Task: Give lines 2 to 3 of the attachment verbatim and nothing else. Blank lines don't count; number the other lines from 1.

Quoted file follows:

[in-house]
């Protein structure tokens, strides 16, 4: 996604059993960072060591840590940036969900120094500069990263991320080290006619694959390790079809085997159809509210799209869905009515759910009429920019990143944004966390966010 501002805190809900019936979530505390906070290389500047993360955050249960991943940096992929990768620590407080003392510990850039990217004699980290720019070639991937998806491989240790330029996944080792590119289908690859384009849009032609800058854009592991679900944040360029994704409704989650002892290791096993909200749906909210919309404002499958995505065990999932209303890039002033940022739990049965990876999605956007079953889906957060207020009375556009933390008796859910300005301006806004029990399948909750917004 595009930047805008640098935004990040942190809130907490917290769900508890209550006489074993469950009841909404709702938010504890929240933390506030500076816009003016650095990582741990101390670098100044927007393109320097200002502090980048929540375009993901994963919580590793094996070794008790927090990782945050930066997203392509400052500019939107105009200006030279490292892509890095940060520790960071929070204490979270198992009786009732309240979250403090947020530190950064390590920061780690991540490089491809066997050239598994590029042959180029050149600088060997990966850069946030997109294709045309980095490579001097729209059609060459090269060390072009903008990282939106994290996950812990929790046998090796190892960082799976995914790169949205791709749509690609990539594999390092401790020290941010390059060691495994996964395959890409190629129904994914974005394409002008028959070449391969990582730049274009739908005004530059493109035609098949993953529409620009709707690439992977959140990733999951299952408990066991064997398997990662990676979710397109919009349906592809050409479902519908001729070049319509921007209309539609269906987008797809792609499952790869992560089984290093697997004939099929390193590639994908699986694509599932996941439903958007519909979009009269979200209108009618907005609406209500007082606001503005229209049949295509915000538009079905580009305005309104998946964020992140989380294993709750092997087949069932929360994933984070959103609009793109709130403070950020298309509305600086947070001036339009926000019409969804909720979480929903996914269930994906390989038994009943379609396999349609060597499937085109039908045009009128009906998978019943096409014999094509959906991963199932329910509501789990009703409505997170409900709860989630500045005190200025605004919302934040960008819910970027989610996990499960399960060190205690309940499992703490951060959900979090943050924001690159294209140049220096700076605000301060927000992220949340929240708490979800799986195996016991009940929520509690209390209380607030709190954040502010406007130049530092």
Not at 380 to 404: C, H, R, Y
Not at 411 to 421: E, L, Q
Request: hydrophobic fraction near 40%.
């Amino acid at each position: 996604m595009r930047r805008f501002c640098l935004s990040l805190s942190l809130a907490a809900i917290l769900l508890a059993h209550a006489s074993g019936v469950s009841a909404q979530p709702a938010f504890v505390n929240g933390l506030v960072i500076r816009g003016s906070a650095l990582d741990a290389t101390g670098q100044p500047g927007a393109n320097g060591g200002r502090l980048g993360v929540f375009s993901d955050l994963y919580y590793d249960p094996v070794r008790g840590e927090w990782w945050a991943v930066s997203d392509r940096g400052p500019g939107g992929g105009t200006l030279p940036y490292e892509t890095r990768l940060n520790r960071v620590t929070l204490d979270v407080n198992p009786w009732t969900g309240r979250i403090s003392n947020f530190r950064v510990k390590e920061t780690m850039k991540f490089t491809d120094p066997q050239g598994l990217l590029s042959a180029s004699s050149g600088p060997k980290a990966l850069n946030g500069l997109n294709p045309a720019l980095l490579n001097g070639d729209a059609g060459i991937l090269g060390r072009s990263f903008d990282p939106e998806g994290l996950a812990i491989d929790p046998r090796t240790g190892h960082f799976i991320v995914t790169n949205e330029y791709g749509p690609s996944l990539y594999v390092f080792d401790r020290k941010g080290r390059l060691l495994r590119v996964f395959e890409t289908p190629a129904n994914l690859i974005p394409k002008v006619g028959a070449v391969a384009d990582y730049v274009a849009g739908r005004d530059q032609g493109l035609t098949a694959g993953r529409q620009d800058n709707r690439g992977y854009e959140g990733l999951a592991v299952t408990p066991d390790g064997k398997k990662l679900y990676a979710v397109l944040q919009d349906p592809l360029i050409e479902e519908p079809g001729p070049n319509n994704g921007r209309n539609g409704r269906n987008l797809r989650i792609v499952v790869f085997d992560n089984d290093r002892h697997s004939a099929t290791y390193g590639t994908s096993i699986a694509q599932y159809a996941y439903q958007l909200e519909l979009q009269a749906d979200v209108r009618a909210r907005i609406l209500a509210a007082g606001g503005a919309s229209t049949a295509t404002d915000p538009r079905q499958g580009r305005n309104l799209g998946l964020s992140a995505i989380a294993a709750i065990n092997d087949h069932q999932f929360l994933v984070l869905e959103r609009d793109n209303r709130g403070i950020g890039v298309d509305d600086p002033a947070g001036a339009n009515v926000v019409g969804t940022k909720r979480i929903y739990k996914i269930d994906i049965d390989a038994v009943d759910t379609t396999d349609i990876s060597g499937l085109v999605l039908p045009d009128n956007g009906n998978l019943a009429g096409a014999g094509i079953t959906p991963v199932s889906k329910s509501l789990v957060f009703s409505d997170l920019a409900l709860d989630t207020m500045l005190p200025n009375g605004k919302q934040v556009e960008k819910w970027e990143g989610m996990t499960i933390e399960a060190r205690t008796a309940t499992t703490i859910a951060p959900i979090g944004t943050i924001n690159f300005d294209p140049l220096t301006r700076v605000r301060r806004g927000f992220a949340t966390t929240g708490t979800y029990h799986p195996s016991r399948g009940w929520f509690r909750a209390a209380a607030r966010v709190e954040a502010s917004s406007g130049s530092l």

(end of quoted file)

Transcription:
């Protein structure tokens, strides 16, 4: 996604059993960072060591840590940036969900120094500069990263991320080290006619694959390790079809085997159809509210799209869905009515759910009429920019990143944004966390966010 501002805190809900019936979530505390906070290389500047993360955050249960991943940096992929990768620590407080003392510990850039990217004699980290720019070639991937998806491989240790330029996944080792590119289908690859384009849009032609800058854009592991679900944040360029994704409704989650002892290791096993909200749906909210919309404002499958995505065990999932209303890039002033940022739990049965990876999605956007079953889906957060207020009375556009933390008796859910300005301006806004029990399948909750917004 595009930047805008640098935004990040942190809130907490917290769900508890209550006489074993469950009841909404709702938010504890929240933390506030500076816009003016650095990582741990101390670098100044927007393109320097200002502090980048929540375009993901994963919580590793094996070794008790927090990782945050930066997203392509400052500019939107105009200006030279490292892509890095940060520790960071929070204490979270198992009786009732309240979250403090947020530190950064390590920061780690991540490089491809066997050239598994590029042959180029050149600088060997990966850069946030997109294709045309980095490579001097729209059609060459090269060390072009903008990282939106994290996950812990929790046998090796190892960082799976995914790169949205791709749509690609990539594999390092401790020290941010390059060691495994996964395959890409190629129904994914974005394409002008028959070449391969990582730049274009739908005004530059493109035609098949993953529409620009709707690439992977959140990733999951299952408990066991064997398997990662990676979710397109919009349906592809050409479902519908001729070049319509921007209309539609269906987008797809792609499952790869992560089984290093697997004939099929390193590639994908699986694509599932996941439903958007519909979009009269979200209108009618907005609406209500007082606001503005229209049949295509915000538009079905580009305005309104998946964020992140989380294993709750092997087949069932929360994933984070959103609009793109709130403070950020298309509305600086947070001036339009926000019409969804909720979480929903996914269930994906390989038994009943379609396999349609060597499937085109039908045009009128009906998978019943096409014999094509959906991963199932329910509501789990009703409505997170409900709860989630500045005190200025605004919302934040960008819910970027989610996990499960399960060190205690309940499992703490951060959900979090943050924001690159294209140049220096700076605000301060927000992220949340929240708490979800799986195996016991009940929520509690209390209380607030709190954040502010406007130049530092």
Not at 380 to 404: C, H, R, Y